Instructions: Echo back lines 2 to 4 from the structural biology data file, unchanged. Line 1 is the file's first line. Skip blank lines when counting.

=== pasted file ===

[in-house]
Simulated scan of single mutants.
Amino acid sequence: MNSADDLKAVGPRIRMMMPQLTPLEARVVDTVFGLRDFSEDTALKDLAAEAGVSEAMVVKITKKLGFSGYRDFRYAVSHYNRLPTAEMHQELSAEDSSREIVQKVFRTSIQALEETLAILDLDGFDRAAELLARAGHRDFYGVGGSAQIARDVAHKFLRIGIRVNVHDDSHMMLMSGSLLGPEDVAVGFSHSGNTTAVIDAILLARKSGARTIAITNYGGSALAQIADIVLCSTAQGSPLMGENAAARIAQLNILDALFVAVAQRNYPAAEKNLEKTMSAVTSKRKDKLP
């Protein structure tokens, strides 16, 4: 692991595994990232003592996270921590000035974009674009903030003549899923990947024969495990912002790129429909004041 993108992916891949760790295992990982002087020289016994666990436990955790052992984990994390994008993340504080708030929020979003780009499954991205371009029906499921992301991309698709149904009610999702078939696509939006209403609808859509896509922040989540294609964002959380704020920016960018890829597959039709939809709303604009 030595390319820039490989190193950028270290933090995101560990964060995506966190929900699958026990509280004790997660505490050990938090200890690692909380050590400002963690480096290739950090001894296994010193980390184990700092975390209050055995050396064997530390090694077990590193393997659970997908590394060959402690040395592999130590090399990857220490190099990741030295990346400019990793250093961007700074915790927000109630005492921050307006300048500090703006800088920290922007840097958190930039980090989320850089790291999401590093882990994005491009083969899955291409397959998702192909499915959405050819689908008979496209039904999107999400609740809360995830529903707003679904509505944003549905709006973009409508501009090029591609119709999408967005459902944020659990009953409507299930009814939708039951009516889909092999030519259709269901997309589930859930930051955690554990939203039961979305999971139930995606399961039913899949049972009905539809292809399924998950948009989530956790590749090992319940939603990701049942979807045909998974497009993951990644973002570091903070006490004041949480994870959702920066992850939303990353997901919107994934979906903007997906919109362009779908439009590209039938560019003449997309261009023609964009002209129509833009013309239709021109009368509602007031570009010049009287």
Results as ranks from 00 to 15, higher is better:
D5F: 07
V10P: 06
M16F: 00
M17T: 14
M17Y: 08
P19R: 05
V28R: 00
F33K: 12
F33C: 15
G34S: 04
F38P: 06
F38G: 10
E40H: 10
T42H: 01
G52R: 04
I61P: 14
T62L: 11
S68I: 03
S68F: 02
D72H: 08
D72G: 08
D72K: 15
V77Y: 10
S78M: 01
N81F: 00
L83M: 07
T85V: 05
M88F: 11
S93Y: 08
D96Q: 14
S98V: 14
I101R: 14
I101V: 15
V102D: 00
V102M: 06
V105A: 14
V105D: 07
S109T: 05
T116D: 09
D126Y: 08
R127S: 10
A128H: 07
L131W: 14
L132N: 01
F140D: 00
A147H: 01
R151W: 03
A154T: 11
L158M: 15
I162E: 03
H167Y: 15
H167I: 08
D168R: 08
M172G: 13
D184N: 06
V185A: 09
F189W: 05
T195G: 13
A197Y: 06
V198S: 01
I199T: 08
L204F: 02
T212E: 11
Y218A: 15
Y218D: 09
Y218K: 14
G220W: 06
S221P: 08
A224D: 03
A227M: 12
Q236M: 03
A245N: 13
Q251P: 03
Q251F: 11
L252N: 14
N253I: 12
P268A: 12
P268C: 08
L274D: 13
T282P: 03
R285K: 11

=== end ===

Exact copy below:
Simulated scan of single mutants.
Amino acid sequence: MNSADDLKAVGPRIRMMMPQLTPLEARVVDTVFGLRDFSEDTALKDLAAEAGVSEAMVVKITKKLGFSGYRDFRYAVSHYNRLPTAEMHQELSAEDSSREIVQKVFRTSIQALEETLAILDLDGFDRAAELLARAGHRDFYGVGGSAQIARDVAHKFLRIGIRVNVHDDSHMMLMSGSLLGPEDVAVGFSHSGNTTAVIDAILLARKSGARTIAITNYGGSALAQIADIVLCSTAQGSPLMGENAAARIAQLNILDALFVAVAQRNYPAAEKNLEKTMSAVTSKRKDKLP
């Protein structure tokens, strides 16, 4: 692991595994990232003592996270921590000035974009674009903030003549899923990947024969495990912002790129429909004041 993108992916891949760790295992990982002087020289016994666990436990955790052992984990994390994008993340504080708030929020979003780009499954991205371009029906499921992301991309698709149904009610999702078939696509939006209403609808859509896509922040989540294609964002959380704020920016960018890829597959039709939809709303604009 030595390319820039490989190193950028270290933090995101560990964060995506966190929900699958026990509280004790997660505490050990938090200890690692909380050590400002963690480096290739950090001894296994010193980390184990700092975390209050055995050396064997530390090694077990590193393997659970997908590394060959402690040395592999130590090399990857220490190099990741030295990346400019990793250093961007700074915790927000109630005492921050307006300048500090703006800088920290922007840097958190930039980090989320850089790291999401590093882990994005491009083969899955291409397959998702192909499915959405050819689908008979496209039904999107999400609740809360995830529903707003679904509505944003549905709006973009409508501009090029591609119709999408967005459902944020659990009953409507299930009814939708039951009516889909092999030519259709269901997309589930859930930051955690554990939203039961979305999971139930995606399961039913899949049972009905539809292809399924998950948009989530956790590749090992319940939603990701049942979807045909998974497009993951990644973002570091903070006490004041949480994870959702920066992850939303990353997901919107994934979906903007997906919109362009779908439009590209039938560019003449997309261009023609964009002209129509833009013309239709021109009368509602007031570009010049009287």